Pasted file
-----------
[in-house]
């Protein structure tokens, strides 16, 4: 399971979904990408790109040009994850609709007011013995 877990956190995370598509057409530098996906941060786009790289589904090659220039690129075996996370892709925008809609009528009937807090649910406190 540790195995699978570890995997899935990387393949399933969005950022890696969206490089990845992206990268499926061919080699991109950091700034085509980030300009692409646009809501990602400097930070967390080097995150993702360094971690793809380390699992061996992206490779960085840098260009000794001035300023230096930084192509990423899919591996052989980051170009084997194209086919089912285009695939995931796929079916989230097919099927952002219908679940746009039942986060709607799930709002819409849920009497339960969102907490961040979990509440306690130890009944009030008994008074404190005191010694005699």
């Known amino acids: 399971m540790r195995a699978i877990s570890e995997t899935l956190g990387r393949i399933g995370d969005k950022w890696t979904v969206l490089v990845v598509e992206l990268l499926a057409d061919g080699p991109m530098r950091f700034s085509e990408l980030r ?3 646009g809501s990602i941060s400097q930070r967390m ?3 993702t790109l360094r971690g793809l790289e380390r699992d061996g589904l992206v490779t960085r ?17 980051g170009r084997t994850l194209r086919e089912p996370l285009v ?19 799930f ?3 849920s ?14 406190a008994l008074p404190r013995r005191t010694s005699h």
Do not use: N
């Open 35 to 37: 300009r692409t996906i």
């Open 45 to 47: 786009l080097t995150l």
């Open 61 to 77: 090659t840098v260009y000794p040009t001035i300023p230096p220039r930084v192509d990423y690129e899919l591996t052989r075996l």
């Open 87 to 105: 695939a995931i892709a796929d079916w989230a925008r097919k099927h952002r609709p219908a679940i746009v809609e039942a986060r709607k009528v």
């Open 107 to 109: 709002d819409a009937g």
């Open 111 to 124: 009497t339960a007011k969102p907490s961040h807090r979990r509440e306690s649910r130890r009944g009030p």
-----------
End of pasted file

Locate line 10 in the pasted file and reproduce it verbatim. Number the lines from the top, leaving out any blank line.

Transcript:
């Open 111 to 124: 009497t339960a007011k969102p907490s961040h807090r979990r509440e306690s649910r130890r009944g009030p």